Weak disord.:

Strong disord.:

Outline

• Experiments on graphene nanoribbons GNR (IBM and Columbia, 2007) • Model of weakly disordered ribbons (solvable but artificial, somewhat) • Model for strongly disordered ribbons (interesting but hard) • Ballistic transport through metal-graphene-metal junctions – “contact-independent” conductance

Graphene in the grand scheme of things

Borrowed from Geim’s 2007 KITP presentation

Fabrication and field effect

K’ K

Geim and Novoselov, Nature Materials, 2007

: BZ

Ribbons

20 nm 30 nm 40 nm 50 nm 100 nm 200 nm

Chen, Lin, Rooks, and Avouris, cond-mat 2007

Han, Özyilmaz, Zhang, and Kim, cond-mat 2007

I(T) and current 1/f noise

e

− E g / 2T

?

Chen, Lin, Rooks, Avouris (IBM), cond-mat 2007

Width-dependence of gap, Eg(W)

Eg =

α W − W0

Han, Özyilmaz, Zhang, and Kim, cond-mat 2007

Questions to be answered

• • • • •

What causes activated behavior? Why at T= 4K conductivity is relatively high? [Is it a real semiconducting gap?] How can gap depend on the width?! What causes 1/f noise: background charge fluctuations or intrinsic fluctuations?

What is known: clean perfect ribbons

• zig-zag are gapless (edge modes) • armchairs: gapped or gapless W = 3N, 3N+2

W = 3N+1

Ezawa, PRB 2006; Brey-Fertig, PRB 2006

Zig-zag ribbons and zig-zag edges Zero-energy evanescent states in semi-infinite graphene: ⎛ 0 ⎜ ⎝ px − ip y

Edge:

⎛ e − k y x +ik y y ⎞ ⎜⎜ ⎟⎟ ⎝ 0 ⎠

px + ip y ⎞ ⎛ a ⎞ =0 ⎟ 0 ⎠ ⎜⎝ b ⎟⎠ and

⎛ 0 ⎞ ⎜⎜ k y x +ik y y ⎟⎟ ⎝e ⎠

• Large ky – strong localization • In ribbon edge states interact x

NAKADA, FUJITA, DRESSELHAUS, AND DRESSELHAUS, PRB 1996

unhappy

happy

Armchair ribbons

Ribbon crosssection

Simplest model of disorder variable-width armchair GNR

~W

~L

~L

~L

~L

Take L >> W Metal – level spacing t/L Insulator – gap t/W

Band structure and Wave-function segmentation!

Example (Eg = 2 x 0.17 t)

(Eg = 2 x 0.17 t)

Eg

E = -0.1 t

E = -0.2 t

E = -0.4 t

Effective model 1D hopping tij

εi-1

εi

εj

εi

εi+1

εi+2

WKB: tij ~ e− 2m*U r

U ~ t /W ,

massin insulator :

ε ins =

Δεi ~ t/Li

U2+

p2vF2

2 p =U + 2(U / vF2 )

thus m* ~ (tag2W )−1 and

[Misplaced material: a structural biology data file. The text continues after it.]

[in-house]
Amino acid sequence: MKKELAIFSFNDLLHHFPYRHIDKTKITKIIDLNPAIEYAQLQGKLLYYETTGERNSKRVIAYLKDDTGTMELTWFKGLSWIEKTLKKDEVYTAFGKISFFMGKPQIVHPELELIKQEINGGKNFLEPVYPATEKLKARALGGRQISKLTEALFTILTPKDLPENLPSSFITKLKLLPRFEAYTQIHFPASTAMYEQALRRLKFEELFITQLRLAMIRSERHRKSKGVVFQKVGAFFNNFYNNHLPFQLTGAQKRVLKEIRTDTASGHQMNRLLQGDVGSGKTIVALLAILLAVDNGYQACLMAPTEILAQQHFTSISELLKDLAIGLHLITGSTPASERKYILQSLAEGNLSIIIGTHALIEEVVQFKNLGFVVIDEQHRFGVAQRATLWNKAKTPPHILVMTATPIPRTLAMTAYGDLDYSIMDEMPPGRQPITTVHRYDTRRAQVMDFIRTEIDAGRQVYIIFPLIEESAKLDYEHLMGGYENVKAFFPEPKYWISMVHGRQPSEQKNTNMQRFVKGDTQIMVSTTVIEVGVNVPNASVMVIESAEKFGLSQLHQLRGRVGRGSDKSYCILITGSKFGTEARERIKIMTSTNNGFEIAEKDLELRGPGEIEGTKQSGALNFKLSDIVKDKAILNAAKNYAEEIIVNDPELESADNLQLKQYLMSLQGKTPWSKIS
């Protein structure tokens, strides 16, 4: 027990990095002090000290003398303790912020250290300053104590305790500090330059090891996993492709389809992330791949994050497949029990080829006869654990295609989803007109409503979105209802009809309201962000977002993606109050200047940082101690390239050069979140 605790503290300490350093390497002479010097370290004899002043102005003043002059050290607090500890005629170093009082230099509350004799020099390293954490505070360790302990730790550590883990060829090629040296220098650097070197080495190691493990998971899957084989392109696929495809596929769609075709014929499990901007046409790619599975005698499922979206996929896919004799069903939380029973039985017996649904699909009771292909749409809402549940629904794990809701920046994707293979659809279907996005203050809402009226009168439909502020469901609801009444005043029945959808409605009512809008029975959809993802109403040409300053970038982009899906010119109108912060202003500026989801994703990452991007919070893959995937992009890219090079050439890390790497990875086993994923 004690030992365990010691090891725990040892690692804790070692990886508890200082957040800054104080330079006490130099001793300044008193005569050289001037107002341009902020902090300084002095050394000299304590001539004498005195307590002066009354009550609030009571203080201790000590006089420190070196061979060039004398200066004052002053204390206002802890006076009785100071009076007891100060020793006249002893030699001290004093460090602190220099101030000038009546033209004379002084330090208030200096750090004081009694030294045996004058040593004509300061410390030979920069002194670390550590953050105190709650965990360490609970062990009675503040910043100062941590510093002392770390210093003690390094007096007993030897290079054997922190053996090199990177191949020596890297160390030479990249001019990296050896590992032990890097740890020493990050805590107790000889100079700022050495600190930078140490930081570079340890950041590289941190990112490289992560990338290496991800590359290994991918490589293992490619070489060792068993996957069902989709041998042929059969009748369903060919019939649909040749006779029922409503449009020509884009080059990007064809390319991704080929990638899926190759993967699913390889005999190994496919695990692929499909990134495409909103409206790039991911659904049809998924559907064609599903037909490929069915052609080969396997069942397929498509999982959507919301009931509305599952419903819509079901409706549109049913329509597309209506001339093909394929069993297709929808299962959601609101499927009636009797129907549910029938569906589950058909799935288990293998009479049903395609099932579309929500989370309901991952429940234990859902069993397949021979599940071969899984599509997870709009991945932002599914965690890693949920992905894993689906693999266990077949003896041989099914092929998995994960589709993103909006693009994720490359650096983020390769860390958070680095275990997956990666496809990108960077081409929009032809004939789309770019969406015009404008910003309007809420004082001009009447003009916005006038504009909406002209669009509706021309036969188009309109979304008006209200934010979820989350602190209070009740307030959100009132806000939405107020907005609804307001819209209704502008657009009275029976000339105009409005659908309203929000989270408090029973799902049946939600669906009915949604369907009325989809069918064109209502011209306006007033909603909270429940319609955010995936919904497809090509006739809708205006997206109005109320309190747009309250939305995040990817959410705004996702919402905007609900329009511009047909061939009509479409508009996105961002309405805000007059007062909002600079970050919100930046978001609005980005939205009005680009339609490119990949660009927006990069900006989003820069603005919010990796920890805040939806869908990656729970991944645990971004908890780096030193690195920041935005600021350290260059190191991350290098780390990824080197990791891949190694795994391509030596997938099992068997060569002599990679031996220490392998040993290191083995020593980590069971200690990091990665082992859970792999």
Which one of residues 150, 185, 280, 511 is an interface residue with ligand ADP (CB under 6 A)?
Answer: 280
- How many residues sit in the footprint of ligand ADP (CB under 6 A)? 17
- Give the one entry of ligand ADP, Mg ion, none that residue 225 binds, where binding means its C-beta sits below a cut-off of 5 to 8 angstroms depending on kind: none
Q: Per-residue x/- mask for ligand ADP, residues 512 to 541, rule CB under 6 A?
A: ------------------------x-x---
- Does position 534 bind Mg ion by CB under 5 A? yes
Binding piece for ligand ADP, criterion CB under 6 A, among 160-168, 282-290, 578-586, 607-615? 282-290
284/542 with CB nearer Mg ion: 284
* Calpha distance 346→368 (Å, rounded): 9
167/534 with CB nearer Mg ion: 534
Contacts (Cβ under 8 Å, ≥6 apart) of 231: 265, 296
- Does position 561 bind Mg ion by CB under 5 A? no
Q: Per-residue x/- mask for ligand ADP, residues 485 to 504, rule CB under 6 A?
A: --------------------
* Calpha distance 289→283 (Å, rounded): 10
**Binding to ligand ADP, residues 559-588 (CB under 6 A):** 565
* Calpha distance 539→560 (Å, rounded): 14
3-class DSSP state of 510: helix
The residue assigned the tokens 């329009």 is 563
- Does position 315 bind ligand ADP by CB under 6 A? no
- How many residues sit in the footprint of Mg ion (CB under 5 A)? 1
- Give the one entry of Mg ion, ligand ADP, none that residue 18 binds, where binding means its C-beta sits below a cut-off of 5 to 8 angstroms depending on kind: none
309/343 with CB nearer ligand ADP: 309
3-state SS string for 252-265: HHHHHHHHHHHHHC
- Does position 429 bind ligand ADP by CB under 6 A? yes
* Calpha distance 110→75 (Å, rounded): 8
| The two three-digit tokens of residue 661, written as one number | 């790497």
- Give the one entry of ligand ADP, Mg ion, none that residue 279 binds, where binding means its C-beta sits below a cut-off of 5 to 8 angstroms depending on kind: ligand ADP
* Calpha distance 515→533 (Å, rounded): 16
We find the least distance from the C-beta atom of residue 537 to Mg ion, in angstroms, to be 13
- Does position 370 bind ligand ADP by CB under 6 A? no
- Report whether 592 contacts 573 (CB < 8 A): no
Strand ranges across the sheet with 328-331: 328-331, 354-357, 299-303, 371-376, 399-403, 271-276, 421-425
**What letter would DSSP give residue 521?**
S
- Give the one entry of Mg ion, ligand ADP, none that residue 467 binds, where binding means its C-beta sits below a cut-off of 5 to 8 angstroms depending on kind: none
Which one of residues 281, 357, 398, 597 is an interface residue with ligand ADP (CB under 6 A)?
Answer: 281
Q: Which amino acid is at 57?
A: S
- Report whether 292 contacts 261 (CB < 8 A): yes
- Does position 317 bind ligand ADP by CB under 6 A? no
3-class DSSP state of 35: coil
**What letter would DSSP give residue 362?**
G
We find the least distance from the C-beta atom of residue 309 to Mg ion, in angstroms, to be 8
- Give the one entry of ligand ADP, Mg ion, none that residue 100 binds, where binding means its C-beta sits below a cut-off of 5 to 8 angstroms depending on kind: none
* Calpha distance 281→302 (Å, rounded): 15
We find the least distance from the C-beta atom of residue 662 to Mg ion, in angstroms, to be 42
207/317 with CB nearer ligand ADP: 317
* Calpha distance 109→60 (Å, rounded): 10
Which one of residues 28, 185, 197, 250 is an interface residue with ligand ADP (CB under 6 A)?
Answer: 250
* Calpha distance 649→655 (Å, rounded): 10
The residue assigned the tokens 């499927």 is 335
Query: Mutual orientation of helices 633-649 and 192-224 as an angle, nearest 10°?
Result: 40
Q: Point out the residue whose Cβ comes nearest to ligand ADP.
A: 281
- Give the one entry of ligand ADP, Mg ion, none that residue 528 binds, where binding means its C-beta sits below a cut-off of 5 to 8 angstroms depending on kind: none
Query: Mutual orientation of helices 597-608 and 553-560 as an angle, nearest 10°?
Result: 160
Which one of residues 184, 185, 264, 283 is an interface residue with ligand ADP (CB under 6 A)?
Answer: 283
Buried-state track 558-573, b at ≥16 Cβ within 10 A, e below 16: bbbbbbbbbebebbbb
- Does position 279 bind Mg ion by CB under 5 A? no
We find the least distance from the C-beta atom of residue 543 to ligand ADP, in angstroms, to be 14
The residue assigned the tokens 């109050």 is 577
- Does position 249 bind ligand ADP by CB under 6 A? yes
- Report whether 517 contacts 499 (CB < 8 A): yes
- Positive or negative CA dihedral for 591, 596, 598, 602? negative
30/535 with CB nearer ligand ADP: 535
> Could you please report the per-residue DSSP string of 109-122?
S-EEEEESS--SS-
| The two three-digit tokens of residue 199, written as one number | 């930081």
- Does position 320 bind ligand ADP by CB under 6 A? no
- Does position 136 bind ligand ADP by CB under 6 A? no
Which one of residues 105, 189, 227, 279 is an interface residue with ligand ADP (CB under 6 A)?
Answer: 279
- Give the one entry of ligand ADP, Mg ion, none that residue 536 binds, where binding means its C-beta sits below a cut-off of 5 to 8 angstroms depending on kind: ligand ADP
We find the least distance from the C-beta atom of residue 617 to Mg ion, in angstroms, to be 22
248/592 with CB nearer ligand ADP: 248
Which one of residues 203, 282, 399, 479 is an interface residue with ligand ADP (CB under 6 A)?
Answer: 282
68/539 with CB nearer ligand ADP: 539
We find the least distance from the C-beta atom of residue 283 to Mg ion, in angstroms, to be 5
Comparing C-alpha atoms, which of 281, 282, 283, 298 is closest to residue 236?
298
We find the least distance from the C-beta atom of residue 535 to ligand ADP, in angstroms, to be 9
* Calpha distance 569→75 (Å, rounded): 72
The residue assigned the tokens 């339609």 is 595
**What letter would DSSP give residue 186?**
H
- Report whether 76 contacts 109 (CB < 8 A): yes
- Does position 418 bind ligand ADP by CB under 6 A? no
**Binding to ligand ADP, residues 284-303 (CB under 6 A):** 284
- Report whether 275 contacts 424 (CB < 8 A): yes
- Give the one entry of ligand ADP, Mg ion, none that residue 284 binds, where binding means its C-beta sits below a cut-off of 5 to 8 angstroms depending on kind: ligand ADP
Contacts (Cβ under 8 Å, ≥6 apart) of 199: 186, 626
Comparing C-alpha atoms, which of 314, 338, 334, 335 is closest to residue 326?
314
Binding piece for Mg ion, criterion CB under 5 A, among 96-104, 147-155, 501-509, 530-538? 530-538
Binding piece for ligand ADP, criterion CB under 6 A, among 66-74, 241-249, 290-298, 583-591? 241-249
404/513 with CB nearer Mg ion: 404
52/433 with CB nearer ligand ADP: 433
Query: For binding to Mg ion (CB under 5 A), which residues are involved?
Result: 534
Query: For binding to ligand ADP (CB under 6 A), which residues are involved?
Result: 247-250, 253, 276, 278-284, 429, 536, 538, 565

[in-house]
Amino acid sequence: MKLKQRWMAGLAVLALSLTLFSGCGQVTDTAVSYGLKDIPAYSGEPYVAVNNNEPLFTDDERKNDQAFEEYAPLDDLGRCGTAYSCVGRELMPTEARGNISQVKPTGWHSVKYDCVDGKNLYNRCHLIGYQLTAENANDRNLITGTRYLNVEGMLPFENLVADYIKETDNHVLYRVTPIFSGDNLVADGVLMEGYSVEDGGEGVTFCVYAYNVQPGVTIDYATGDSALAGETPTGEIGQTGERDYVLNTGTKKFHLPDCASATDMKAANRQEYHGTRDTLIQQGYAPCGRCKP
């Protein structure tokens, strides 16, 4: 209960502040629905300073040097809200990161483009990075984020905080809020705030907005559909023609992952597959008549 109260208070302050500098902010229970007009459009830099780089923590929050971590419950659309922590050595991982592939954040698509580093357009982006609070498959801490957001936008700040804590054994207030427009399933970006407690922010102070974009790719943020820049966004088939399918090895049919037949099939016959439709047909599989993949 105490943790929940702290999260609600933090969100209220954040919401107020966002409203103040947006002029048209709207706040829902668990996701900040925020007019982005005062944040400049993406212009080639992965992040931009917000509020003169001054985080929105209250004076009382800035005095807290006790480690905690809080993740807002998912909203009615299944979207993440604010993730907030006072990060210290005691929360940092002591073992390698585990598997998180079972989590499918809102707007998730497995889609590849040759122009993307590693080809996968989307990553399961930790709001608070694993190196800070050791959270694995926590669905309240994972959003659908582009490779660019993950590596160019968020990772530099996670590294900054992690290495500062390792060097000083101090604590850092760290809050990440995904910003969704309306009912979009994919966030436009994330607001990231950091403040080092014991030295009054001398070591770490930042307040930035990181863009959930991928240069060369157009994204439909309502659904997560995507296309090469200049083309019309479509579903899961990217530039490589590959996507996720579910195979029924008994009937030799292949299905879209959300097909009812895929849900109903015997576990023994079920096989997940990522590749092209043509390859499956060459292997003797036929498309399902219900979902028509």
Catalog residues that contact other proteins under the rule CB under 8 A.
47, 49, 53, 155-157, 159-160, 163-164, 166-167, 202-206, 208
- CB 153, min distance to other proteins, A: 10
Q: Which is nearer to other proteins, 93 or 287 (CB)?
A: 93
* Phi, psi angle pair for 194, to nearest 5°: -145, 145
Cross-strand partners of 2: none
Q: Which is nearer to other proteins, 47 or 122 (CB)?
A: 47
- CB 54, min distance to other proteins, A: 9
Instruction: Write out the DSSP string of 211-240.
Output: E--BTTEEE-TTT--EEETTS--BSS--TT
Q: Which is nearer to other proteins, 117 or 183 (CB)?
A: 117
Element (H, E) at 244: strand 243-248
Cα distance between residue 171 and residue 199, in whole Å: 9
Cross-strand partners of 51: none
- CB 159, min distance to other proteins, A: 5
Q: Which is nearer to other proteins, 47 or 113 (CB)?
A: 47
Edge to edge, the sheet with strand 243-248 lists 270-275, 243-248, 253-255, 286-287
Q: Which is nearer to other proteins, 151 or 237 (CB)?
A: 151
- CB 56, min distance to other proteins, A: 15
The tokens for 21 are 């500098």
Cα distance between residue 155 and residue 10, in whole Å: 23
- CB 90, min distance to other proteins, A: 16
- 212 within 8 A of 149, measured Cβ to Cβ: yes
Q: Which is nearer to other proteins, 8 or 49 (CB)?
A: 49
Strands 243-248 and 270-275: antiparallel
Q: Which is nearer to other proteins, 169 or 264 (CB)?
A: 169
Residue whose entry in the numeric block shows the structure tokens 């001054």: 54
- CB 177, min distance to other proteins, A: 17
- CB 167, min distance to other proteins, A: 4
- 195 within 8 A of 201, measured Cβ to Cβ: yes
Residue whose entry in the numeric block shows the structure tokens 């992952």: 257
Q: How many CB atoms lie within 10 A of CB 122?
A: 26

−rij /W

tij ~ e

2U

Hopping transport

σ ∼e

− rij / W −|ε i −ε j |/ T

for a hop of length

n: rij = nLav and | ε i − ε j |~ (t / Lav ) / n

Minimize over n n > 1: VRH av n = 1: NNH Crossover at

Hopping transport regimes

av log σ

~1/T ~1/ T Lav t

L2av tW

1/T

Strong disorder case

E = -0.07 t

E = -0.09 t

E = -0.255 t

Still segmented but with different degree of localization!

Strong disorder case – schematic

States with E < t/W

Counting states:

per plaquette W × W dos 2D × (t / W ) × W 2 ~ 1 state / plaquette Which states contribute to conductivity?

only “good” fat states All states

Two possibilities

W 1

W

W 2

W2

Compare with expt

e

− E g / 2T

?

log σ NNH ~ 1/T

~ 1/ T

Chen, Lin, Rooks, Avouris (IBM), cond-mat 2007

W t

W 2 t

VRH

1/T

Not all low energy states matter!

How about Coulomb? Efros-Shklovskii: extra Coulomb cost, e2/r

r – length of hop

e 2 / tag ~ 1 Graphene fine-structure constant Thus: • For long-hops via “good” states Coulomb is irrelevant • For short hops via all low energy states can be relevant

Can be tested by placing a metallic gate to screen Coulomb

Metal-Graphene-Metal (MGM)

Transport through NGN structure ts

t'

tg

tg

t'

ts

Indep of β!

t '2 β= t g ts V qg = t g ag

Conclusions

• Simple model for disordered nanoribbons • Low temperature transport in ribbons can be in variable or nearest neighbor hopping regimes • Coulomb appears irrelevant for the hopping through good fat states • 1/f noise appears to be consistent with hopping conductivity • NGN structure, resonances, and contact-independent resistance